Don’t Hate. Participate.

“To others, being wrong is a source of shame; to me, recognizing my mistakes is a source of pride.”

-George Soros


I’ve only ever bet on a fight once.  It was for no money and with a guy who just happened to be standing next to the keg with me at the time.  The fight itself was a late night, inebriated 3 vs. 1 event in the back of the ‘football house’ in Springfield, MA. 


I bet on the “1”.   


The #Tell, so to speak, was when the “1” stealthily, but deliberately, led the “3” to the fence in the back corner of the yard.   


“Find the nearest fence and put your back to it” is Getting Jumped 101 material - but a person would probably only know that if getting jumped had actually been an acute risk in life for some protracted period.   


If one’s collective life experience was capable of driving a self-defense instinct to be so ingrained as to be fully active on the back end of a 6 hour binge drinking session, then the odds of an upset victory are probably better than backyard consensus has them set. 


Taking high probability swings at mispriced circumstances isn’t confined to markets.  I’ll probably retire from amateur fight betting with my 1-0 record. 


Professionally, we recently found ourselves in a stirring analytical scrap of sorts with an elite hedge fund manager over the conclusion on an investing idea.  In this particular instance, we turned out to be right. 


In defeat, the aforementioned manager didn’t become embarrassed, inimical or spiteful.  He became a client.   


Being wrong is okay, “I don’t know” is the right answer more of the time than most would admit, and egoless-ness and honest self-reflection in defeat is not a #Process (or person) you want to bet against longer term.   


Back to the Global Macro Grind….


Regardless of the flavor of this morning’s employment data, we’ll be invariably deluged with sound bites lamenting the low level of labor force participation.  Despite its descent to old-hat, punditry talking point over the last five years, Trend movement in labor participation remains critical to the forward growth outlook. 


After all, if population growth is slowing and the share of that population that is working is declining, productivity has some heavier lifting to do to keep real per capita output going in the right direction. 


Demographic, cultural, and institutional trends are generally glacial and collectively serve to drive the broader, directional Trend in the Labor Force Participation Rate (LFPR).  Over the last 5 years, the straightforward, central question facing economists is what temporary (& potentially permanent) impact the shock of the Great Recession had on labor participation. 


From a research perspective, the aspirational goal has been to discern what the prevailing gap is between where we are currently on the LFPR and where we would have been without the cyclical impacts. 


Academic literature over the last 5 years is replete with analyses attempting to decompose the cyclical and secular components impacting labor force participation.  On average, the research suggests around 40-60% of the decline in the LFPR since 2007 could be attributed to cyclical factors. 


The truth is that attempting to parse the Cyclical and Trend components of Labor Force Participation, with precision, is a quixotic pursuit.  It’s some amorphous combination of the two.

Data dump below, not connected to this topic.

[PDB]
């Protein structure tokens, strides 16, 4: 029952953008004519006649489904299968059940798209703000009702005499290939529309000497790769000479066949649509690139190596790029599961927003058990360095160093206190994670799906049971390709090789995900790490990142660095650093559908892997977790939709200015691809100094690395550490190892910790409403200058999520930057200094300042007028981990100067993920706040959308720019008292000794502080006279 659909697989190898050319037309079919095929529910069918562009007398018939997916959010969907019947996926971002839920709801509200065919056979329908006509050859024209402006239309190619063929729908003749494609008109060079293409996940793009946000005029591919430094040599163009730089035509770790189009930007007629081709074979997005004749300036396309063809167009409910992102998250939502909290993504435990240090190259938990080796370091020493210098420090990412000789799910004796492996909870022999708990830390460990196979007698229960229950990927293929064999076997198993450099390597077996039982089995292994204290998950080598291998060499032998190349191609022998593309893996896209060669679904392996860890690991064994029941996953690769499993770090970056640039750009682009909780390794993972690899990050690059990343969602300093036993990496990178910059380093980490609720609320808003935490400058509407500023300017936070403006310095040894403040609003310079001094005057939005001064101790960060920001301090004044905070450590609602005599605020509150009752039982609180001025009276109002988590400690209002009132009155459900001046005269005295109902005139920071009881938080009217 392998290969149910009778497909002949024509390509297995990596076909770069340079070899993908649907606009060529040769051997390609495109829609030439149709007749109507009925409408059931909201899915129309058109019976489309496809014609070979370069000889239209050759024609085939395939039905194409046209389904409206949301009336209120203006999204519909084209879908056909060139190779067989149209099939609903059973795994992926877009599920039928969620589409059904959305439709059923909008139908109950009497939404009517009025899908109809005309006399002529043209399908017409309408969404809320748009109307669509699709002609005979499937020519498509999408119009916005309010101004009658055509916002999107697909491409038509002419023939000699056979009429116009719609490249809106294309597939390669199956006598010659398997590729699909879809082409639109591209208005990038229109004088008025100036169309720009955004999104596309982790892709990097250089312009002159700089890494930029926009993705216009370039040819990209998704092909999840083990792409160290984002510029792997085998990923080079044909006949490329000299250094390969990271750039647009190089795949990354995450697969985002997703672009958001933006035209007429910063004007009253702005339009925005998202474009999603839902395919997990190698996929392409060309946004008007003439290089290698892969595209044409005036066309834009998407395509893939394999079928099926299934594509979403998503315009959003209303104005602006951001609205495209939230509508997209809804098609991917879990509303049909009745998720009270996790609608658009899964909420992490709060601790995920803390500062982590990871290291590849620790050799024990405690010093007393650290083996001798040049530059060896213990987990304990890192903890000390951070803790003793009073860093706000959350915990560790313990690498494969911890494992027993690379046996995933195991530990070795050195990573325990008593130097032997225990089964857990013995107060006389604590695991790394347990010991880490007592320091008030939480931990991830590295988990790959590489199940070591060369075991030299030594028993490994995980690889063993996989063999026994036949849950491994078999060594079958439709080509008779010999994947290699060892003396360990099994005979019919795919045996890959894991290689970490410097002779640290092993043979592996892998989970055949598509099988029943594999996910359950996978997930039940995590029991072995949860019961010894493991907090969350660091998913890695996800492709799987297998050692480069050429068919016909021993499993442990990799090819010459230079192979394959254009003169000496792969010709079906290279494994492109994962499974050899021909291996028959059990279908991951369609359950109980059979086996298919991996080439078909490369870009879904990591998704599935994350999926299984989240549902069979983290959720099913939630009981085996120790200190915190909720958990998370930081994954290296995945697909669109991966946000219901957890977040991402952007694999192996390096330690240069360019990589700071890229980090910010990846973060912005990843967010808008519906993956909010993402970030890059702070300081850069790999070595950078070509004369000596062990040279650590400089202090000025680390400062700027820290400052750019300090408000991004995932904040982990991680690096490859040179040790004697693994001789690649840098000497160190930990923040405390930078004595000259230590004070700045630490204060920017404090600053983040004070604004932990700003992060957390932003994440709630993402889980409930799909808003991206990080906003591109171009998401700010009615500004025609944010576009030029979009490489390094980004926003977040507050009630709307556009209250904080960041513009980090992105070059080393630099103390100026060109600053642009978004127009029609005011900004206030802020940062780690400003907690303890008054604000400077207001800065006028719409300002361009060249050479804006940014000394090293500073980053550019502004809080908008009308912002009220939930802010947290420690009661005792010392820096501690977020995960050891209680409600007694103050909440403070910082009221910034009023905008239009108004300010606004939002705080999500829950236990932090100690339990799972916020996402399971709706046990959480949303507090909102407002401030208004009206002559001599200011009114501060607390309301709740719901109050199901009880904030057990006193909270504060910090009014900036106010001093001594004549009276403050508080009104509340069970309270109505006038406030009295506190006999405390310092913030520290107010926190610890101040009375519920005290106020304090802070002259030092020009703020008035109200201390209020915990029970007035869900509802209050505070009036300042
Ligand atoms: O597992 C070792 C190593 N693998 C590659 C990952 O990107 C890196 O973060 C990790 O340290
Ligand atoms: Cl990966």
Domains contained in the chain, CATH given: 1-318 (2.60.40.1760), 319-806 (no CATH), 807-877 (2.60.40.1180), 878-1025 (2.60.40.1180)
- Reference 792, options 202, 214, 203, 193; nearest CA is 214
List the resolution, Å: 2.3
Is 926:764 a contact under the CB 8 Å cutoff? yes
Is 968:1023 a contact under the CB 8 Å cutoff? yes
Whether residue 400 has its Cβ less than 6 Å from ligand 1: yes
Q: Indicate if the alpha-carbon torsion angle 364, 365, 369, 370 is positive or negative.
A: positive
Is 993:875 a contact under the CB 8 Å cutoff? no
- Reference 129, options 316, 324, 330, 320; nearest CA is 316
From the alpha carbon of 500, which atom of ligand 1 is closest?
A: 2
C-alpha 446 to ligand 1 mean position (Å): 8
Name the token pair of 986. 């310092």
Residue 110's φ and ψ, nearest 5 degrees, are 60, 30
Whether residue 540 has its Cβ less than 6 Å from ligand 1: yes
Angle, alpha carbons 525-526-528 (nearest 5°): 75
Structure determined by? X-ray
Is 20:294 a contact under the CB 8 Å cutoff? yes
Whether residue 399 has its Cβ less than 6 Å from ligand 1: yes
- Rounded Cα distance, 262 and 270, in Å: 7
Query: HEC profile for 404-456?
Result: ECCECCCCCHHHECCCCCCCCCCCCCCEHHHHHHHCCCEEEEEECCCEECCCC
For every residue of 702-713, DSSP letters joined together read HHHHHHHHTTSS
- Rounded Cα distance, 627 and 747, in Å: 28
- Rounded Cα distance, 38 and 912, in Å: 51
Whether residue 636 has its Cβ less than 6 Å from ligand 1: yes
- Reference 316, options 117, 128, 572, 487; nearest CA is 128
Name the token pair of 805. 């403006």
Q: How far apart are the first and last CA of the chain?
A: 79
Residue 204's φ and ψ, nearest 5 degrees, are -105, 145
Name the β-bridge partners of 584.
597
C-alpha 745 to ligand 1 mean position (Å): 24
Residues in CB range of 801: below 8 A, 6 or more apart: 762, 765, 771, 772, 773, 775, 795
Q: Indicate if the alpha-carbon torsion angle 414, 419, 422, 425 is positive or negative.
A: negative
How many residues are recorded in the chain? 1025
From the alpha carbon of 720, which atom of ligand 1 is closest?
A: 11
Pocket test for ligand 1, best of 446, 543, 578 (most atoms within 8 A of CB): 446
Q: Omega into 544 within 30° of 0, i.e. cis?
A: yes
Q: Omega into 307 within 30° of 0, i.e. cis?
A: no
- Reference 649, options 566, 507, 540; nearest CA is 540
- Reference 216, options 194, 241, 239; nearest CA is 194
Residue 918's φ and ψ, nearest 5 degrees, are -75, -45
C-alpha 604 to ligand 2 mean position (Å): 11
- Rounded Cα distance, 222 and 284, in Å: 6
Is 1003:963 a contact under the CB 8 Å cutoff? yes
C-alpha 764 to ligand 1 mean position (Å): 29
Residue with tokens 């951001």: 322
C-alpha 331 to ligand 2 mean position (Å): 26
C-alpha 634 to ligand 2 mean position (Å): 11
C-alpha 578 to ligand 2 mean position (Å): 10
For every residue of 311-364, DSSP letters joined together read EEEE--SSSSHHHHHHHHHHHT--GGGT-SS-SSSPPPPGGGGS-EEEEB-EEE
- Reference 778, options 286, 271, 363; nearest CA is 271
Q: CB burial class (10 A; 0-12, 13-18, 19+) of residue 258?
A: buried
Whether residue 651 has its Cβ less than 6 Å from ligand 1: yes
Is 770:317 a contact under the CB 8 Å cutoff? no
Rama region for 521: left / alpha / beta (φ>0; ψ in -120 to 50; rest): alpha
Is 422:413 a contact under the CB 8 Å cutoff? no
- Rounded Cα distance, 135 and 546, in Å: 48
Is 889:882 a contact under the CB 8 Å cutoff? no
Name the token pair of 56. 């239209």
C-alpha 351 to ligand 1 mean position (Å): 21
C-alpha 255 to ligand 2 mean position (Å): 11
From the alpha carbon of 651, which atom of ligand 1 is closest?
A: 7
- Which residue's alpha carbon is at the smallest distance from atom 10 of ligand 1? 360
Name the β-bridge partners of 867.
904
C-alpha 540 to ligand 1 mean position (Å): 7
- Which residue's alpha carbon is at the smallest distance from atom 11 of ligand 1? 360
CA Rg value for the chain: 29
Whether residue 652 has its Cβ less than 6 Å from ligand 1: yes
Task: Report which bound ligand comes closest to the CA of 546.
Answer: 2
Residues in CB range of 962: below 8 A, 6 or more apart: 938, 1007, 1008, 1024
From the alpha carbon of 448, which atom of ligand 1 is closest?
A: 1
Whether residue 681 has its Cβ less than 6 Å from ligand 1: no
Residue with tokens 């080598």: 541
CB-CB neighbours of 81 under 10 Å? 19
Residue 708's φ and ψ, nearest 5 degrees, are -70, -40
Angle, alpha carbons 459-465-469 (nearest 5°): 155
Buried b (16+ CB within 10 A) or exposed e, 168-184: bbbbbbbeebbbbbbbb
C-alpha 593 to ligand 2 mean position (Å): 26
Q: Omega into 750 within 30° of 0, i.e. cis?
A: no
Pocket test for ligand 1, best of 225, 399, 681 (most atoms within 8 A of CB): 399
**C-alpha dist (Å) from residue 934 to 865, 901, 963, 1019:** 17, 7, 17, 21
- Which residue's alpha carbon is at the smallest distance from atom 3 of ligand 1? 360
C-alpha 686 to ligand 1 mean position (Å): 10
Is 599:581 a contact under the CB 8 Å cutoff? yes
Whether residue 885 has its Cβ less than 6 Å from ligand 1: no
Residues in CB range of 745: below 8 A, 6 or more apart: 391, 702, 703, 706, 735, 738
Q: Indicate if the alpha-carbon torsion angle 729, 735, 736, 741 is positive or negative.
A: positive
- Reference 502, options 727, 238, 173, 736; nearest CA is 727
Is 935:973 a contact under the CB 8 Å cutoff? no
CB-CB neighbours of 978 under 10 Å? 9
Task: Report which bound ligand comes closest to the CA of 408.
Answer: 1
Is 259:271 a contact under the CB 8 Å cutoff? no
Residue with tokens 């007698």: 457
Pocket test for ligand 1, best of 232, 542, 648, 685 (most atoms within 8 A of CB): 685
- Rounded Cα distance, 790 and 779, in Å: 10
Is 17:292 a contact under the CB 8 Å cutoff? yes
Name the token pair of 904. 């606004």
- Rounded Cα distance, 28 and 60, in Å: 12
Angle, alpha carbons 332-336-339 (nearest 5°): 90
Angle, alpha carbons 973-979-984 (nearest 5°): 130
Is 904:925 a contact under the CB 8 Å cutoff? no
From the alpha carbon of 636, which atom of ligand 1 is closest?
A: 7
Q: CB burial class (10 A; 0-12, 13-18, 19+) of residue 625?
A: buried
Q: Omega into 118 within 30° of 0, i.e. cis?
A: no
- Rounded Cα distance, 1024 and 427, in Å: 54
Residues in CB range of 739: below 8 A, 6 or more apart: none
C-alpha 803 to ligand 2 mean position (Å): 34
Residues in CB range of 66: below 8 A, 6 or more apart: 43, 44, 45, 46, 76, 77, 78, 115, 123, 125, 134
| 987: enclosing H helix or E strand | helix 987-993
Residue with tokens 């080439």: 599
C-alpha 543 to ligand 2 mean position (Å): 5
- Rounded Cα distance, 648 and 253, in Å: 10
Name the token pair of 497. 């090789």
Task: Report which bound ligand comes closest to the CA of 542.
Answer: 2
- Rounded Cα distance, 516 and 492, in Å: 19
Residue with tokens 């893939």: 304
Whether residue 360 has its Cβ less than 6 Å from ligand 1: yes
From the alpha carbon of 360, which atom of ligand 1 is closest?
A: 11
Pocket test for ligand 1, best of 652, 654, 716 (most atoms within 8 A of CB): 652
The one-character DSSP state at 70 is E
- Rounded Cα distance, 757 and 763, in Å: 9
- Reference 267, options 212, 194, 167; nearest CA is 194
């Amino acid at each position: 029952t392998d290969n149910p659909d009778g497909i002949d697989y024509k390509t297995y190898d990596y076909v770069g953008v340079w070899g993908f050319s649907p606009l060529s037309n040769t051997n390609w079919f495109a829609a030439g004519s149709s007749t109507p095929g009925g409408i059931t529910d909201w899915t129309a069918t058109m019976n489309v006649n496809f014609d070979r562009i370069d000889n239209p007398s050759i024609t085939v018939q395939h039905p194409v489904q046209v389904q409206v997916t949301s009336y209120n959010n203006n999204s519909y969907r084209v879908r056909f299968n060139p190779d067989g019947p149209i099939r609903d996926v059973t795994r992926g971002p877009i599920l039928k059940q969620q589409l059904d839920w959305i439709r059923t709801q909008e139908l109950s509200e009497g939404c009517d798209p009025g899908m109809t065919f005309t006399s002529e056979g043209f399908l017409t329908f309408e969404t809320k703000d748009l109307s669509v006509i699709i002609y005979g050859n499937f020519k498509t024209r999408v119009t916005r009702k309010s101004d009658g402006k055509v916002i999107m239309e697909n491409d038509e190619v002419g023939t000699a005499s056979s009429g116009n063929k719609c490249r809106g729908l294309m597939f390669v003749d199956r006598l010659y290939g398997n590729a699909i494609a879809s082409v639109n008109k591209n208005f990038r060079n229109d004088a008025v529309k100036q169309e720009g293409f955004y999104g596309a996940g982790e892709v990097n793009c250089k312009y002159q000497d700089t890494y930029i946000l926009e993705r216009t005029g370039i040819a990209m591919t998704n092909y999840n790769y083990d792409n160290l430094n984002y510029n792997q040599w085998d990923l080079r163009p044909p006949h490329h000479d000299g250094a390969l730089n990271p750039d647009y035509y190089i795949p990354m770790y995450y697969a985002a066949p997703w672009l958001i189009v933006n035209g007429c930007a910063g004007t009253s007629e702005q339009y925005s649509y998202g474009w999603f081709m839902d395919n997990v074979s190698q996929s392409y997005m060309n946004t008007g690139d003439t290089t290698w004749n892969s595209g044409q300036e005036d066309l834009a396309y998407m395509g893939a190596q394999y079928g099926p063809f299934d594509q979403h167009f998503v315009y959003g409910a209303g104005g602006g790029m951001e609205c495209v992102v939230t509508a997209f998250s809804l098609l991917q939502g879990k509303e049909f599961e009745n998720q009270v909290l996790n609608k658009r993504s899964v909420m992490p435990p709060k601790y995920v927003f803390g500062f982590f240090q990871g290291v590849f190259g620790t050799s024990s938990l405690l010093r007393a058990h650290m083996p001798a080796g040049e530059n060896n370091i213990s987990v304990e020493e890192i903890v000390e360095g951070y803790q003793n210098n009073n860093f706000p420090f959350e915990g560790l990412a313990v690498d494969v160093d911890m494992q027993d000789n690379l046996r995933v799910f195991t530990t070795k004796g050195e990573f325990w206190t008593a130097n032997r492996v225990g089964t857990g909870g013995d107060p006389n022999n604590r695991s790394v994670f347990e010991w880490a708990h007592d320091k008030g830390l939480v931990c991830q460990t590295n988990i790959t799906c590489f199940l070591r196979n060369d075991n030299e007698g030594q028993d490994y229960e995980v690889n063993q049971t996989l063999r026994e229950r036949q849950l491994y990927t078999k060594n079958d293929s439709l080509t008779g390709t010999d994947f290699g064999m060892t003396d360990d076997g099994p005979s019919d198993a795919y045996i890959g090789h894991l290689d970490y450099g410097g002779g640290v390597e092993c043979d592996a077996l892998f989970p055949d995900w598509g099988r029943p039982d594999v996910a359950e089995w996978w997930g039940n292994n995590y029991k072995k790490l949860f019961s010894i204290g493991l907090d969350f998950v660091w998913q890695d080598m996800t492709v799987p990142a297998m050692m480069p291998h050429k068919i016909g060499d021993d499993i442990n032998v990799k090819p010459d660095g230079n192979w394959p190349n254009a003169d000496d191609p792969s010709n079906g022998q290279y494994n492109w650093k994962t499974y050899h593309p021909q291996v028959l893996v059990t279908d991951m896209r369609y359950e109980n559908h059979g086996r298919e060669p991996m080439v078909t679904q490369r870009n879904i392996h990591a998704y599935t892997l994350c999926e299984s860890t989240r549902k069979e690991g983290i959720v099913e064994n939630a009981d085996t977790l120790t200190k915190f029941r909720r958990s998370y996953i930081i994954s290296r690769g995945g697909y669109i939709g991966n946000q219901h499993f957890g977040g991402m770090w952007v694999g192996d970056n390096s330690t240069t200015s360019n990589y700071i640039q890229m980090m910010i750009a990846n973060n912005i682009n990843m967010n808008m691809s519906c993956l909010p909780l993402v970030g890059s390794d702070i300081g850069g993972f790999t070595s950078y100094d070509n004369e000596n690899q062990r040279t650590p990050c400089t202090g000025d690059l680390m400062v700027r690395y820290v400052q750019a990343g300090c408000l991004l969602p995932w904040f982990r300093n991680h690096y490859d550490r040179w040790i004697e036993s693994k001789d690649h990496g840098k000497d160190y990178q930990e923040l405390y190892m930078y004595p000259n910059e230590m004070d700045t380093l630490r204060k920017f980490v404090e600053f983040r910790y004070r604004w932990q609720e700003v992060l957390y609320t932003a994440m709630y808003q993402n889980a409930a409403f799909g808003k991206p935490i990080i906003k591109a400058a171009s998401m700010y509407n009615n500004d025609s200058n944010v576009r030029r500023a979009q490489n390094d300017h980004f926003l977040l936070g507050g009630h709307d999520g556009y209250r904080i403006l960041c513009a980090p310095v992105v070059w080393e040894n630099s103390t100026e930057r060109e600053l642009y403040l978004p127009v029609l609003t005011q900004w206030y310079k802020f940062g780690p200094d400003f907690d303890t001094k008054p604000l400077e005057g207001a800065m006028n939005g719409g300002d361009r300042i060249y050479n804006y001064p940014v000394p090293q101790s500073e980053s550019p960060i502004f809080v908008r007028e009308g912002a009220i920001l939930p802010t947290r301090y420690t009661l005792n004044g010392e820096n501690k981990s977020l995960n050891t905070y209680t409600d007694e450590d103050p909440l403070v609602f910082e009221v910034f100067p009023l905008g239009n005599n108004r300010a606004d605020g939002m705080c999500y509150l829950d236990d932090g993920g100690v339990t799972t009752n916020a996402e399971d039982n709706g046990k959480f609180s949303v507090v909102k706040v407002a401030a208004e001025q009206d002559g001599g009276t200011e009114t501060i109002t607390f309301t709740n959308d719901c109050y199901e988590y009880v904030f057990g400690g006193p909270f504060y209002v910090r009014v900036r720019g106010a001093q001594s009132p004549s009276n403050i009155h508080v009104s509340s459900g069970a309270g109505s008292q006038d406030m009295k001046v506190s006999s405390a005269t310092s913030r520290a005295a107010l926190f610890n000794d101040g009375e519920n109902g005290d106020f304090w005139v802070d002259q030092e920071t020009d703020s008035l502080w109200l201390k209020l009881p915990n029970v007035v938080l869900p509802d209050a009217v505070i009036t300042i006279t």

From an investment perspective, understanding the principal drivers of the LFPR, the key considerations facing the forward outlook, and the highest probability TREND trajectory hold more practical significance than decomposing the Cycle/Trend impacts with exact precision.   


With that in mind, let’s take an abbreviated, Socratic tour of Labor Force Participation.   


What has been the larger Trend in Labor Force Participation?

Taking a long-term view, the Chart of the Day below illustrates the 3 primary labor participation trends which have prevailed over the last 65 years.  Briefly, from 1948 to the mid 1960’s, participation was largely stable. 


From the 1960’s until the turn of the century, driven by Baby Boomers (born 1) entering prime working age (24 – 54) and a secular increase in female participation, LFPR showed a persistent increase. 


From 2000 to present, the trend has been one of decline as the median age of the workforce rose, Boomers began matriculating towards retirement and dual recessions all weighed on the participation rate.


Is Labor Force Participation sensitive to the Business Cycle?

The correlations aren’t exceedingly strong, but yes.  Here, it’s sufficient to simply observe the LFPR in the post-recessionary periods in the chart below.  In each instance, the participation rate dips in the wake of the cyclical downturn. 


So, labor participation shows some economic/business cycle dependence and the broader Trend since the turn of the century has been one of decline.  With no peri-recession tailwinds from cyclical or secular factors, the fact that Labor Force Participation declined in the wake of the Great Recession is not a surprise. 


What has been the impact of domestic demographic Trends?

We’ll explore the multitude of factors impacting the LFPR in more detail in a subsequent note.  Here, we’ll consider the impact of age demographics on the Trend movement in the LFPR. 


Historically, different age groups have shown typical, largely fixed, participation rates.  Labor Participation peaks progressively from age 16 into the mid 40’s, gradually declines to age 64, then drops precipitously.  Thus, as population shares of the different age groups change it impacts the prevailing, aggregate participation rate. 


In addition to plotting the actual LFPR (blue line), in the Chart of the Day, we show the estimated trajectory of participation based on the average 1 participation rate by age for those aged 16 years and older (orange line).  The extrapolation suggests greater than ~40% of the decline in the LFPR post-2007 could be attributed purely to age demographic trends.